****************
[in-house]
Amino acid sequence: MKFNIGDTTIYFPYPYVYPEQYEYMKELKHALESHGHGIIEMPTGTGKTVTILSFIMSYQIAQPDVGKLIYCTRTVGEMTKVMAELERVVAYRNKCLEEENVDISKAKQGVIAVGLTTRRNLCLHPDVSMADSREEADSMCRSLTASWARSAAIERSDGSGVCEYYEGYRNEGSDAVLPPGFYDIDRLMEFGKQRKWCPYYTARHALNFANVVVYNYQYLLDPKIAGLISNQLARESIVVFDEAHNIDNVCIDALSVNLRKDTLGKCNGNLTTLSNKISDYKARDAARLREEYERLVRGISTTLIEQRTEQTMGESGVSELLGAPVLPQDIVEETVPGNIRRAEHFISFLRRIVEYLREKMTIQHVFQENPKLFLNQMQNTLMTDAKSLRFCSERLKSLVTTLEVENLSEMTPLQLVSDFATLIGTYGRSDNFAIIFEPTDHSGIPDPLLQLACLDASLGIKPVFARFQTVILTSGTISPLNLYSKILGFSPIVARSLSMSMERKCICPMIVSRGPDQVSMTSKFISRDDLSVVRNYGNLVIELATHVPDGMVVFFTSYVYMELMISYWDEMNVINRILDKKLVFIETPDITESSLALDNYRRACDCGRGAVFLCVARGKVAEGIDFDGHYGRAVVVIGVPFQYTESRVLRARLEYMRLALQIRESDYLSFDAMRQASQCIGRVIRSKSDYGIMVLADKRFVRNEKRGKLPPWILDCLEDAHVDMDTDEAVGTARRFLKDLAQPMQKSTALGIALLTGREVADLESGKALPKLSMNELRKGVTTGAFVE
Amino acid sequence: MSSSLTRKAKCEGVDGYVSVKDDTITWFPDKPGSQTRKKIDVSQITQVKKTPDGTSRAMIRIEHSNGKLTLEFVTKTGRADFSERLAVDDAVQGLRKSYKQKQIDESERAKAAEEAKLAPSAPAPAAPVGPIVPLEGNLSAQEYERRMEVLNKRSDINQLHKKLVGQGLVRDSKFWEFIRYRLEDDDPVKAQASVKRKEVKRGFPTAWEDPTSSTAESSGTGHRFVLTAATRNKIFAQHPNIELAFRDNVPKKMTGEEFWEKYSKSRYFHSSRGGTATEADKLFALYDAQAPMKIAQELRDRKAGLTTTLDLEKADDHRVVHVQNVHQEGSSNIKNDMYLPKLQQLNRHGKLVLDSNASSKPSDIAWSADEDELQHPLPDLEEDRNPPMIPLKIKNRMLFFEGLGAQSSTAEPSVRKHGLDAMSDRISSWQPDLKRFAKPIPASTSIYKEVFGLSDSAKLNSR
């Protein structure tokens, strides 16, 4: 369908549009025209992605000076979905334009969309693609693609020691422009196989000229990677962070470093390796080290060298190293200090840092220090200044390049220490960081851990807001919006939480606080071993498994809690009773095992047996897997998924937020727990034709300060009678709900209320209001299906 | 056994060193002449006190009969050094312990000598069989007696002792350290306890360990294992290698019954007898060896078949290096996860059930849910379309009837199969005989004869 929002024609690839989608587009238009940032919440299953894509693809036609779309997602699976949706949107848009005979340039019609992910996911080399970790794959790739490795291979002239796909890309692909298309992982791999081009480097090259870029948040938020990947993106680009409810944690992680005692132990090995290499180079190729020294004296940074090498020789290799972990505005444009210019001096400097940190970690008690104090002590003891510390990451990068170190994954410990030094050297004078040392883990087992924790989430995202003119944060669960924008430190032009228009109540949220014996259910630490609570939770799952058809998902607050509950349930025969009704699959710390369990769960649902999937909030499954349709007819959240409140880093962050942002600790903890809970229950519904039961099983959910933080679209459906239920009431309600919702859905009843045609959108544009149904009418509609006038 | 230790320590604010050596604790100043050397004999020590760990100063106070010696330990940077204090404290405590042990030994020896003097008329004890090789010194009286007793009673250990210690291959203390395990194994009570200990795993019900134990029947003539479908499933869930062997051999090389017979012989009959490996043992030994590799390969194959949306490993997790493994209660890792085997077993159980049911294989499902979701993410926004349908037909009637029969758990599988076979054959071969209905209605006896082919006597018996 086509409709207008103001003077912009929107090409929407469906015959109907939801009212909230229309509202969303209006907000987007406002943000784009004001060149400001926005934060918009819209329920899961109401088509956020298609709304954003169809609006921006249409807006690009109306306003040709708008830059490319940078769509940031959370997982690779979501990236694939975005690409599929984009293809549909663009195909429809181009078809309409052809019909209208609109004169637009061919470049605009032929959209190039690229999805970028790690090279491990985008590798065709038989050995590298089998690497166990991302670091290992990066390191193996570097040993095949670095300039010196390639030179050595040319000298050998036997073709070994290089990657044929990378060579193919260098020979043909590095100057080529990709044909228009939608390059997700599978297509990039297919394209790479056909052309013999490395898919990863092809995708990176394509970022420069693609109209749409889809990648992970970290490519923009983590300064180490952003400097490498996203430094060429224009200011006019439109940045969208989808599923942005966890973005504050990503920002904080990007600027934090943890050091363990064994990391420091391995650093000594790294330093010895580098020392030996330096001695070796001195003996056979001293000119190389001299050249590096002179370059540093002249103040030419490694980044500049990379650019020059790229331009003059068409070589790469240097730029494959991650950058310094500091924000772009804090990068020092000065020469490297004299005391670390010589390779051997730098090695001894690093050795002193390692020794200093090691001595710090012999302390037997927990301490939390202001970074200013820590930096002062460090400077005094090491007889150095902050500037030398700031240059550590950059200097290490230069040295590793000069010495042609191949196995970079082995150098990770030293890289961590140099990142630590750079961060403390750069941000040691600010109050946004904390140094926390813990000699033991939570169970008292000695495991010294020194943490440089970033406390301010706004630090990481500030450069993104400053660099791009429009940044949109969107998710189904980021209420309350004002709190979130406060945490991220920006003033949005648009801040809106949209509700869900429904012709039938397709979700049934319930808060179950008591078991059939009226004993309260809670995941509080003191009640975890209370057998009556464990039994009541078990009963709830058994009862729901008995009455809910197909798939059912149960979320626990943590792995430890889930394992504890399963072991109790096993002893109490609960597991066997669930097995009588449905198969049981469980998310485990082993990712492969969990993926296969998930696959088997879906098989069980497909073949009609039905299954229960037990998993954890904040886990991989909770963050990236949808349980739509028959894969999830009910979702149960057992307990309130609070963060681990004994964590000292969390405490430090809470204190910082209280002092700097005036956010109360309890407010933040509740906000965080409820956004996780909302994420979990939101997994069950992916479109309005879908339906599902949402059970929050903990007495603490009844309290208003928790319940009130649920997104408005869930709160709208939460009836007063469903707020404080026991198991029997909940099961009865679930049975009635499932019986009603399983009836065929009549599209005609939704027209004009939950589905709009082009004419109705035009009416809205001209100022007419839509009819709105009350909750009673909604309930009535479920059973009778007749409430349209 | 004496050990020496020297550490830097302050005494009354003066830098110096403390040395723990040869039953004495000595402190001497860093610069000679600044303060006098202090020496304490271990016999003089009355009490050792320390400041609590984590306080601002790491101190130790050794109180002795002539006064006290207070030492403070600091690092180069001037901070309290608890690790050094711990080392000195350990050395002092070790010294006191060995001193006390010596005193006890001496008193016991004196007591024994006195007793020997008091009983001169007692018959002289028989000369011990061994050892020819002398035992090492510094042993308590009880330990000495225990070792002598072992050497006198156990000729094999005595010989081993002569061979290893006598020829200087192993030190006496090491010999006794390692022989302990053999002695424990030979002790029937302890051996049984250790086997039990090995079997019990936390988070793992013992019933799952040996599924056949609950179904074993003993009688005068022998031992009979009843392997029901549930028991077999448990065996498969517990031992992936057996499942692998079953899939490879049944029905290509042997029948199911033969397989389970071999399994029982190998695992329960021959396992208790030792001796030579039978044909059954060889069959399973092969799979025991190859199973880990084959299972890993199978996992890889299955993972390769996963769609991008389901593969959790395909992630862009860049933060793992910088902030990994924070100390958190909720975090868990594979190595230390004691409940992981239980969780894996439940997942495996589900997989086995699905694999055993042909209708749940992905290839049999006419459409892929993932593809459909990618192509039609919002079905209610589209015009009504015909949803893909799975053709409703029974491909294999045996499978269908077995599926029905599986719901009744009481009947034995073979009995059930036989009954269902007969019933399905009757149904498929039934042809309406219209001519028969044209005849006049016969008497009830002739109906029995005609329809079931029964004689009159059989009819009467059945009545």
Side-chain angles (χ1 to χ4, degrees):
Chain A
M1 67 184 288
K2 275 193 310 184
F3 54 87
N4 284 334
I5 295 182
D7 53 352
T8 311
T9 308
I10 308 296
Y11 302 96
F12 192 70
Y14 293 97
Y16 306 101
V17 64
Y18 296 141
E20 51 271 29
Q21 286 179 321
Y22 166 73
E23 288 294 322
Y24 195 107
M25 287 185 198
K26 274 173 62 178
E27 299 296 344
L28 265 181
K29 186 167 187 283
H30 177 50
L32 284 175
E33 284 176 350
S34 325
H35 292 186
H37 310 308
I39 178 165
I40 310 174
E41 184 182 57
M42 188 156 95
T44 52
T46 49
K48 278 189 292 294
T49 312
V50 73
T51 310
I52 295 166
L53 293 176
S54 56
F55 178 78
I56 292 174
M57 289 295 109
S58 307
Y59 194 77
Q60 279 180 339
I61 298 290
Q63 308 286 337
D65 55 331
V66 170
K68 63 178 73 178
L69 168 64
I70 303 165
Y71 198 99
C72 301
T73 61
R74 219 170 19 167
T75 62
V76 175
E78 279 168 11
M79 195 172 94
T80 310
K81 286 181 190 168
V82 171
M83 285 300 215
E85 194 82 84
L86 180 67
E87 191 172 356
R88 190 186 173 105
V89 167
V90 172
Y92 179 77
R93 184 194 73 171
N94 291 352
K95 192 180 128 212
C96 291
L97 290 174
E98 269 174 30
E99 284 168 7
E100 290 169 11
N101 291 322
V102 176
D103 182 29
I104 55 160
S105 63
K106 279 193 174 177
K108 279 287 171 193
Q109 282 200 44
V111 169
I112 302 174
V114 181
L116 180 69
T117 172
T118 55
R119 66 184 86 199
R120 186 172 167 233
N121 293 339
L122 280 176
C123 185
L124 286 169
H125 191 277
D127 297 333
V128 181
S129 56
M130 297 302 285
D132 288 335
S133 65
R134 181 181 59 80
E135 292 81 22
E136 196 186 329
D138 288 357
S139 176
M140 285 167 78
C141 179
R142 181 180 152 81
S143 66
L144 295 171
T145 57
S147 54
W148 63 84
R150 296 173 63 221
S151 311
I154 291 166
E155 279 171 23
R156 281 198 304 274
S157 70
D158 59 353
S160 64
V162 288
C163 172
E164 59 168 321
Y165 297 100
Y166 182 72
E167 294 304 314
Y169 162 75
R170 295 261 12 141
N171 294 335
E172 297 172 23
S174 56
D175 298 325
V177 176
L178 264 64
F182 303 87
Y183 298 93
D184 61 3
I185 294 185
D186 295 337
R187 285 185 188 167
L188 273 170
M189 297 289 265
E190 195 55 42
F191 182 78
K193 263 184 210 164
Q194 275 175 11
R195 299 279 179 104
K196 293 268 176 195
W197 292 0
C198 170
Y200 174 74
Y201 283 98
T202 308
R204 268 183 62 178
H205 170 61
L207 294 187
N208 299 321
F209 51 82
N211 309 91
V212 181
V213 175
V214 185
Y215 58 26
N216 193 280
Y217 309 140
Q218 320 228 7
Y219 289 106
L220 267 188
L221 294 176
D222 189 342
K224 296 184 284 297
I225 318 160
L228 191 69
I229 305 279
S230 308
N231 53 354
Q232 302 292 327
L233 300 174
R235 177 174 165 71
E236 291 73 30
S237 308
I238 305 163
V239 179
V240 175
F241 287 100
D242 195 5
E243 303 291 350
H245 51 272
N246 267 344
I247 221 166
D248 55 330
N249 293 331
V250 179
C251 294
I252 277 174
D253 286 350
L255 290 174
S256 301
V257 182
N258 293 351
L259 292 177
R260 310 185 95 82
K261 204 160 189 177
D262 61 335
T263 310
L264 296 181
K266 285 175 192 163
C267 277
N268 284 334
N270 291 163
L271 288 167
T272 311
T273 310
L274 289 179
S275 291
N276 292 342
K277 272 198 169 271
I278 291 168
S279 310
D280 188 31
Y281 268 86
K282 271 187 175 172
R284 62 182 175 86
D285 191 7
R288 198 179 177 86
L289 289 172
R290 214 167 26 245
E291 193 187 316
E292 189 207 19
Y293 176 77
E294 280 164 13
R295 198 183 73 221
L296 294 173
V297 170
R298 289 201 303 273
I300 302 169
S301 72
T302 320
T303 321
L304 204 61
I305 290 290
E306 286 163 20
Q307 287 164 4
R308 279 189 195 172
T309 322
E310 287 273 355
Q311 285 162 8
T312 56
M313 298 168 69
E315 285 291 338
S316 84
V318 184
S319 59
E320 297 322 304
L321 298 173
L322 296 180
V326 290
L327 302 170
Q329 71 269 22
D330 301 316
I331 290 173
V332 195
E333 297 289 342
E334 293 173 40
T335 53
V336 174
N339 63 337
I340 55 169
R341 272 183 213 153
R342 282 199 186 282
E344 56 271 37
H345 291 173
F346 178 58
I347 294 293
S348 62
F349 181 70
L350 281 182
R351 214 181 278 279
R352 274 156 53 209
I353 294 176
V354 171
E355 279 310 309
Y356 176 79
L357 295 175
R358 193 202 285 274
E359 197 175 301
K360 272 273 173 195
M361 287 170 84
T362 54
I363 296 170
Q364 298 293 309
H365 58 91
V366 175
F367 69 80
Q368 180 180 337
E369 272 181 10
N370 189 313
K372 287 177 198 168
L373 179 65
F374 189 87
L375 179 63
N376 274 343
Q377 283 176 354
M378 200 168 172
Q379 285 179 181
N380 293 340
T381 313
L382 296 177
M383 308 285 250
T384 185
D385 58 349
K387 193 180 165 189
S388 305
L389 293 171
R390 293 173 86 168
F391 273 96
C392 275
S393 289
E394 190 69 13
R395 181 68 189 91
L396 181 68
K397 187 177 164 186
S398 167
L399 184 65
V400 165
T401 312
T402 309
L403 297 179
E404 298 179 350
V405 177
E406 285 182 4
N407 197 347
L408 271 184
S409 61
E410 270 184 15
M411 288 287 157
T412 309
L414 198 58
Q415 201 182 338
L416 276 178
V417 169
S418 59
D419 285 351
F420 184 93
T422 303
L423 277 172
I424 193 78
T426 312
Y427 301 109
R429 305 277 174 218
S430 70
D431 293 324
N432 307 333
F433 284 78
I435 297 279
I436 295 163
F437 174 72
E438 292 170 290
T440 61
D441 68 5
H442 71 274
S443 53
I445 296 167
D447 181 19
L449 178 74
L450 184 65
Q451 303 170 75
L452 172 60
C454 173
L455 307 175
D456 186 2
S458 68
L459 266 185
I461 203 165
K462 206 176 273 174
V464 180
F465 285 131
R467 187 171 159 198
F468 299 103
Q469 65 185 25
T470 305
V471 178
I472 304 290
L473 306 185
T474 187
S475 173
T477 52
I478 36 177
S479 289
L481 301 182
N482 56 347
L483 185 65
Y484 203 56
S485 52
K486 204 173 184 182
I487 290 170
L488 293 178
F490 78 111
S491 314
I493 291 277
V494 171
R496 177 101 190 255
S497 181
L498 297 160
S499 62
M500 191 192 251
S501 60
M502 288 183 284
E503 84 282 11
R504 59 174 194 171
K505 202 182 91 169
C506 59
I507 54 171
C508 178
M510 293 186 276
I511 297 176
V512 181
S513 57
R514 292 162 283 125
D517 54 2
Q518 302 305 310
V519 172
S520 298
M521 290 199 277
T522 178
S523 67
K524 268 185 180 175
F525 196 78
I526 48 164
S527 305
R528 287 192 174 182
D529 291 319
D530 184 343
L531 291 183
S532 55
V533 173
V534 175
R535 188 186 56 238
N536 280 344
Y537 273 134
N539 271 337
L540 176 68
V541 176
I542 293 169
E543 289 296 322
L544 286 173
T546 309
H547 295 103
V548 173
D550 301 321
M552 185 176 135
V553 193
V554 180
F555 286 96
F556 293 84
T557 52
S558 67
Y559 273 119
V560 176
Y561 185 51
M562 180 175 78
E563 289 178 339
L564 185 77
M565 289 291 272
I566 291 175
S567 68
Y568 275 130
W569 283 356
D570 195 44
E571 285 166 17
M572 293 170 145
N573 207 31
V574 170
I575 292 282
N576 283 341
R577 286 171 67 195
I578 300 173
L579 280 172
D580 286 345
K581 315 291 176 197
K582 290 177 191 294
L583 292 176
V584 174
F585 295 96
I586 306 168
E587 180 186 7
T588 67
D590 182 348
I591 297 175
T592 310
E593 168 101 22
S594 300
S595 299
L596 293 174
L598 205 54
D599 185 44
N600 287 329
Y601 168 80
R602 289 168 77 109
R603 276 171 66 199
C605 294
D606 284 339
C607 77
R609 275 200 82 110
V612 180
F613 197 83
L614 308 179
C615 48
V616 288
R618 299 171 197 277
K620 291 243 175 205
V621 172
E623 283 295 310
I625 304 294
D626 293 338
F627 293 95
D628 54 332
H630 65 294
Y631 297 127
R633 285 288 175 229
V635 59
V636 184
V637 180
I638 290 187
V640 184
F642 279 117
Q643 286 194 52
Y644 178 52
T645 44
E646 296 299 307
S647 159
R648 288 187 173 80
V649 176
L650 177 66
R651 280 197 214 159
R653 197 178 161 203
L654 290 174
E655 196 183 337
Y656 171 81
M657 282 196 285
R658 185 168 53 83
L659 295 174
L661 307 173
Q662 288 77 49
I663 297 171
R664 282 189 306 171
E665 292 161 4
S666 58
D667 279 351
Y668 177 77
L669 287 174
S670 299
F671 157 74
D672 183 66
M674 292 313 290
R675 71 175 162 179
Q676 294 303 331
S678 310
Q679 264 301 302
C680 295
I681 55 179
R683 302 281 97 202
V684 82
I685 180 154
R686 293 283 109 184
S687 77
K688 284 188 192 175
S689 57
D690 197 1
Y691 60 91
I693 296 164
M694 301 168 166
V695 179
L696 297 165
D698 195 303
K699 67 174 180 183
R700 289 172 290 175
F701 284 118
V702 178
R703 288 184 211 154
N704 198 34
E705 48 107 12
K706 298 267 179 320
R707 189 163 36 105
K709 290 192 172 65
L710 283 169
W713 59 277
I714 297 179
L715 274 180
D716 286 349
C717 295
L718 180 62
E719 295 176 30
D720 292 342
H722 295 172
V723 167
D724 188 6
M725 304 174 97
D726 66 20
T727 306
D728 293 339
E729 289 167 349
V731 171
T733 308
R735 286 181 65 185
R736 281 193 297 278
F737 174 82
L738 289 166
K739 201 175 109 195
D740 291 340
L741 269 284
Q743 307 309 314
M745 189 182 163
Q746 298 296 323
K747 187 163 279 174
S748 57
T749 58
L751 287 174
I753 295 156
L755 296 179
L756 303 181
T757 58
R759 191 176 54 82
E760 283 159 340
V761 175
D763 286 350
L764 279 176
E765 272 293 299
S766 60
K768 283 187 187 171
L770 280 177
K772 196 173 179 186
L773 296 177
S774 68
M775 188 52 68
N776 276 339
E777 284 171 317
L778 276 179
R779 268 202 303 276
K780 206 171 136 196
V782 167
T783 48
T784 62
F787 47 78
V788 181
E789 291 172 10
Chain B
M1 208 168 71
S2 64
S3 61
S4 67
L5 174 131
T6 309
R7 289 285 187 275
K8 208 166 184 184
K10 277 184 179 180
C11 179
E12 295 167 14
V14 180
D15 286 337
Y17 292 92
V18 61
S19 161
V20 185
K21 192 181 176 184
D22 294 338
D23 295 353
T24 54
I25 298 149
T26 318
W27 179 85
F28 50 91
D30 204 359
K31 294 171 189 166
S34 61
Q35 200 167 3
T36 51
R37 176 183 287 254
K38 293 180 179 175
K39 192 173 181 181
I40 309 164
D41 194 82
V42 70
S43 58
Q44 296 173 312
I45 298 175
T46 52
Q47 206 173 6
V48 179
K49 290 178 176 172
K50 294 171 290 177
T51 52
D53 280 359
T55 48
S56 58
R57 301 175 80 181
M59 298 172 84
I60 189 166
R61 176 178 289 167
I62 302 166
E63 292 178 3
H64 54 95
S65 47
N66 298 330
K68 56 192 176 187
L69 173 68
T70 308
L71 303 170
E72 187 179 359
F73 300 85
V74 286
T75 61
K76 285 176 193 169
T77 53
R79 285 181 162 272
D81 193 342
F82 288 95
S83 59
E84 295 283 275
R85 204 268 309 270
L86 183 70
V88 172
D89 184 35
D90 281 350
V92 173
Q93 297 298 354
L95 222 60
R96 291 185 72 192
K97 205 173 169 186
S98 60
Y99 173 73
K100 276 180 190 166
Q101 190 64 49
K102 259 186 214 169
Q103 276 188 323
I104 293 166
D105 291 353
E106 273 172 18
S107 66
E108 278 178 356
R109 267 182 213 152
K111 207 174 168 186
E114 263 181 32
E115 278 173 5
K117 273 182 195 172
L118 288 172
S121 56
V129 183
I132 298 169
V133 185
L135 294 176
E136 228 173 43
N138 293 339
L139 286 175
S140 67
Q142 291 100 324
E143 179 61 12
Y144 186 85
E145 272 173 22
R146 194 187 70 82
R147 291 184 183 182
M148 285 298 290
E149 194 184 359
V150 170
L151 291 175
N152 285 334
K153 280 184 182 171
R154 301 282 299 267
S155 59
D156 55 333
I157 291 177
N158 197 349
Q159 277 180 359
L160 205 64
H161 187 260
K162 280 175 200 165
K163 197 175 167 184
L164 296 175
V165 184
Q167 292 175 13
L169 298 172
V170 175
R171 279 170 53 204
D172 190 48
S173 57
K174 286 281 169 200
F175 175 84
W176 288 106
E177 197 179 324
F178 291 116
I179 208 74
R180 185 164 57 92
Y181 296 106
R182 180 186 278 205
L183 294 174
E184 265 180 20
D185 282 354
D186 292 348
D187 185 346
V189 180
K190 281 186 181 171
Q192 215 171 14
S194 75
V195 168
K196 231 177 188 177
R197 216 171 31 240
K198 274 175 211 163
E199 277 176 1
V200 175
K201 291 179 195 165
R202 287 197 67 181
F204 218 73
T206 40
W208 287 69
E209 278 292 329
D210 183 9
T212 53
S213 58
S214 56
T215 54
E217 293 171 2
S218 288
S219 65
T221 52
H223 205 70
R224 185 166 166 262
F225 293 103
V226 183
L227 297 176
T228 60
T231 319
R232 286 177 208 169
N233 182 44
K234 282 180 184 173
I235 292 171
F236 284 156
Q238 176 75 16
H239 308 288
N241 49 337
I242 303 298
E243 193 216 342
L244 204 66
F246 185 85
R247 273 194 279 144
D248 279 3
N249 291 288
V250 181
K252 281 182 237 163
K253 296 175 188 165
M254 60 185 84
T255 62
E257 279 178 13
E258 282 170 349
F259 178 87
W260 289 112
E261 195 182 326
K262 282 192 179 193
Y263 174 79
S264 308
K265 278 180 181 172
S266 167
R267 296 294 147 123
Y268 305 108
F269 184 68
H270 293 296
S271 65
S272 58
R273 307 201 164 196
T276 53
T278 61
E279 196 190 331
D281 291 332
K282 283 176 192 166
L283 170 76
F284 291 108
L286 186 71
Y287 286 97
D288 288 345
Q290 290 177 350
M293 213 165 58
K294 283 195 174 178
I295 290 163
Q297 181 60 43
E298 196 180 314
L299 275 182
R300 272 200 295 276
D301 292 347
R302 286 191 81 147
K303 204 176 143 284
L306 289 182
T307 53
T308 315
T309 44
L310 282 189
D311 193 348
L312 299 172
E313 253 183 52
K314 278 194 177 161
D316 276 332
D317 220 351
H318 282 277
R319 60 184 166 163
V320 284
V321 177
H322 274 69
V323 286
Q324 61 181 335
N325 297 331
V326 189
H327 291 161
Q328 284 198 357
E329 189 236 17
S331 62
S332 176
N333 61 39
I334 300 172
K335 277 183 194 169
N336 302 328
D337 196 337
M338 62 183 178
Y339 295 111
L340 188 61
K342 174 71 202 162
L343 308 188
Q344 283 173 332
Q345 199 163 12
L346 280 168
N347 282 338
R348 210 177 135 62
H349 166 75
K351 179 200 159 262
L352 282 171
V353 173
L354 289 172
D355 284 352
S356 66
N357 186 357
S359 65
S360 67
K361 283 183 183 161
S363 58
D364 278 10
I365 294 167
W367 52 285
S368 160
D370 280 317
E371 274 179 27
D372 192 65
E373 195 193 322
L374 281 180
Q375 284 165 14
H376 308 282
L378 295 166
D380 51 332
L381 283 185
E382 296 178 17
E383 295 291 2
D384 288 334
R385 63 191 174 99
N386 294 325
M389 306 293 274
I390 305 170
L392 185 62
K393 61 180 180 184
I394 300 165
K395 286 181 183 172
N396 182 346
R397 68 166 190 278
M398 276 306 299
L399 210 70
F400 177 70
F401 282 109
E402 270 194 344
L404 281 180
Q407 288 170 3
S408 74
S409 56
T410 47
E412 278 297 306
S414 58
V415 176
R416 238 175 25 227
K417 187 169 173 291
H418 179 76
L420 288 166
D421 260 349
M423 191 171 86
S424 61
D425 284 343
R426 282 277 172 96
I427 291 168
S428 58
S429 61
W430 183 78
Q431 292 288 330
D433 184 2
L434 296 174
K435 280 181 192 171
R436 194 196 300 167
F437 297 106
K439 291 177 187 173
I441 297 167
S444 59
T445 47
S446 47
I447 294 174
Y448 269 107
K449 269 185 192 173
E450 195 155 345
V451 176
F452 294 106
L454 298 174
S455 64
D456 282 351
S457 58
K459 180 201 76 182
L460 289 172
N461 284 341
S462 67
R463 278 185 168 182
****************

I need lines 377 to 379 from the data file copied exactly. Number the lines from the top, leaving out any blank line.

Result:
T440 61
D441 68 5
H442 71 274